So, at the end of 2017, I joined Penumbra in order to build up a software team for a VR system they had started working on.
Over the last two years, I built the team up from nothing to something like 38 developers. We figured out how to build a series of VR activities to help with upper body stroke rehab. We restarted big chunks of the product that had been in development by other teams, and brought them in-house to get them up to the necessary quality.
I ran the software side of the project from zero to the point where it was ready to go out the door. I built up a team of people I loved working with, and through that network, made a lot of new connections with people I now love working with.
It was difficult. It was stressful. 2019 was hands-down the most professionally challenging year of my career, but we got it done.
And now I’ve left.
Well, officially, I wanted to spend more time with my family. And while that’s true, it’s obviously not the whole story. For those who know, there are echoes of the past in there. Suffice it to say, when you build something that’s as valuable as what we built, there are always people who want to control it.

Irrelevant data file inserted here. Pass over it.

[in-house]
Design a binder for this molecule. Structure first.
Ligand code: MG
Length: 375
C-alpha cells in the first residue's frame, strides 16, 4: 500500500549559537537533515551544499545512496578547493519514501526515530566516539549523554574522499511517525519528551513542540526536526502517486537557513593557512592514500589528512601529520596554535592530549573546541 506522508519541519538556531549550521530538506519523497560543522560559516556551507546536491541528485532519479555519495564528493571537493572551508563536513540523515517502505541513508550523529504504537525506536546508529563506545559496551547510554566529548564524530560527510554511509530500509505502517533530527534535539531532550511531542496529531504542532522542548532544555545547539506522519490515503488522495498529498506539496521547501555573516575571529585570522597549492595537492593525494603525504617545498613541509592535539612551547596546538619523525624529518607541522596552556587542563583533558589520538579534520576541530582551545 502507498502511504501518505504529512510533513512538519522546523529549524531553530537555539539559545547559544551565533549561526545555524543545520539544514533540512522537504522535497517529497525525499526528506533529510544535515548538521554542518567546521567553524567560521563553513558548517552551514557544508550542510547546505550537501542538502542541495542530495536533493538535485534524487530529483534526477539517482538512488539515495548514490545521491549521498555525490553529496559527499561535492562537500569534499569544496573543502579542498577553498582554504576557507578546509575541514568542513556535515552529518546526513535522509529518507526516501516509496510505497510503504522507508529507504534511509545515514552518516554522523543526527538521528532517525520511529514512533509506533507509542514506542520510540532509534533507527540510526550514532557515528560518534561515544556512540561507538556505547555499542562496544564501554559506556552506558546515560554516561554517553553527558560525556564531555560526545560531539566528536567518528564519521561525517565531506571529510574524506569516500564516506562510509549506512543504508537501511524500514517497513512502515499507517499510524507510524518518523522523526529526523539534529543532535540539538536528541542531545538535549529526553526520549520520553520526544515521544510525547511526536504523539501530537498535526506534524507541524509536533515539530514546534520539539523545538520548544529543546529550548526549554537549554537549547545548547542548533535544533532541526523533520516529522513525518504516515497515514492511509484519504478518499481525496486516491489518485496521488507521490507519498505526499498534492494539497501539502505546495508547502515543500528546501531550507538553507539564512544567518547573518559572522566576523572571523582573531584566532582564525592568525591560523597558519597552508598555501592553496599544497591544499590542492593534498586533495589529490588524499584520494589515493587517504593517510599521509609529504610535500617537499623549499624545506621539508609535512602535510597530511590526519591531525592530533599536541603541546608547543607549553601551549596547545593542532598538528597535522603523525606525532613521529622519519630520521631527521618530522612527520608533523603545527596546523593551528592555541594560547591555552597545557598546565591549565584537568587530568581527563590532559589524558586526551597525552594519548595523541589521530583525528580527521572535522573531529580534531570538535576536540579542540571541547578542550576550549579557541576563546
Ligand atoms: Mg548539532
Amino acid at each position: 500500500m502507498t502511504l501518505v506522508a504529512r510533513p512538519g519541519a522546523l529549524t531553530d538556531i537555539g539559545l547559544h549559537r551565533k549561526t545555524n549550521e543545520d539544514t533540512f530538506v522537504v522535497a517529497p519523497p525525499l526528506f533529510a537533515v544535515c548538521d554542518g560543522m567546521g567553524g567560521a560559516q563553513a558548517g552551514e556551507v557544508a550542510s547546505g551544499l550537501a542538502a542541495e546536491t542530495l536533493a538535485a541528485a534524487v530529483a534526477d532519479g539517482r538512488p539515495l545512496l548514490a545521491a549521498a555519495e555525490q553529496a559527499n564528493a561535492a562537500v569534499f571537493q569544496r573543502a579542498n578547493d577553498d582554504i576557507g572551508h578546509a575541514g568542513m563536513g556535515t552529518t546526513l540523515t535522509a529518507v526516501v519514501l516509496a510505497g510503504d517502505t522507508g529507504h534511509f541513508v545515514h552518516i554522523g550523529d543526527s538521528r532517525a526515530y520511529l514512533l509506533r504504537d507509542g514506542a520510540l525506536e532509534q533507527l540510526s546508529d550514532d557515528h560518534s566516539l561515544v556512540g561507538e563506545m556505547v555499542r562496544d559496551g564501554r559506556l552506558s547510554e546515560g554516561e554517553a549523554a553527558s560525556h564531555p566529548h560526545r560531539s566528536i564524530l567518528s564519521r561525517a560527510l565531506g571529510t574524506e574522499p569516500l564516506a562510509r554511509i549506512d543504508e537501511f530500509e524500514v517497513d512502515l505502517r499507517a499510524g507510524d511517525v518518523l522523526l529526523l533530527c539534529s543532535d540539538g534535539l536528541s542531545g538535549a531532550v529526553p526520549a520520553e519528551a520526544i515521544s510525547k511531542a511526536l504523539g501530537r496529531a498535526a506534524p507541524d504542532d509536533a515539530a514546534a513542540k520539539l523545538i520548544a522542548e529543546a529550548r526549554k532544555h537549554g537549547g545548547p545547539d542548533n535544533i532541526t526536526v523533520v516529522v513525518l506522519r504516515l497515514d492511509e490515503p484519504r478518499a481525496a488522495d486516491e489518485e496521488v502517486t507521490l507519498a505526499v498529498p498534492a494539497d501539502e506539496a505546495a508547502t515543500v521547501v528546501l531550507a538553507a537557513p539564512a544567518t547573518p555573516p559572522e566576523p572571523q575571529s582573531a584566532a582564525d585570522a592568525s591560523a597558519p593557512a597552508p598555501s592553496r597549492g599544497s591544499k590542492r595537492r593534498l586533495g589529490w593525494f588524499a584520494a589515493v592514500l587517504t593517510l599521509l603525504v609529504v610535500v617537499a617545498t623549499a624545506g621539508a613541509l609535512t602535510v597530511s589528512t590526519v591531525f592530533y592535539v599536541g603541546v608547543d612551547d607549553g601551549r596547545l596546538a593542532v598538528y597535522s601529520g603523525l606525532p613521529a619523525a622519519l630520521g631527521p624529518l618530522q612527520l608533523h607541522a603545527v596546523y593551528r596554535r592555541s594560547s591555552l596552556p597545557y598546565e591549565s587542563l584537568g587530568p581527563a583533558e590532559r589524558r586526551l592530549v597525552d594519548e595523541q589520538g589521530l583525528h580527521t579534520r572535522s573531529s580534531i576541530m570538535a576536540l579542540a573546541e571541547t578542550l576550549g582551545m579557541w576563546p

But, I can rest easy. After Wonderspark, my confidence was utterly shattered. Now? It’s totally fine. Give me a problem space with a really high degree of uncertainty and enough money to fund a team of 5-20 people for a few years, and I’d go toe to toe with anyone in the world.
I’m sad to not be able to be part of the iteration that’s necessary to make the thing we built truly great – that’s unfortunately the nature of these things – you launch, and *then* it becomes great. But the thing we built? It’s the best thing like it in the world, by far.
I hope it reaches the people it’s supposed to. As for me, I’m sure the same thing will happen as before. It’ll go on to be worth a bunch of money, I’ll be erased from its history, and that’ll be that.
I don’t care. I know what I did. I know who helped me do it.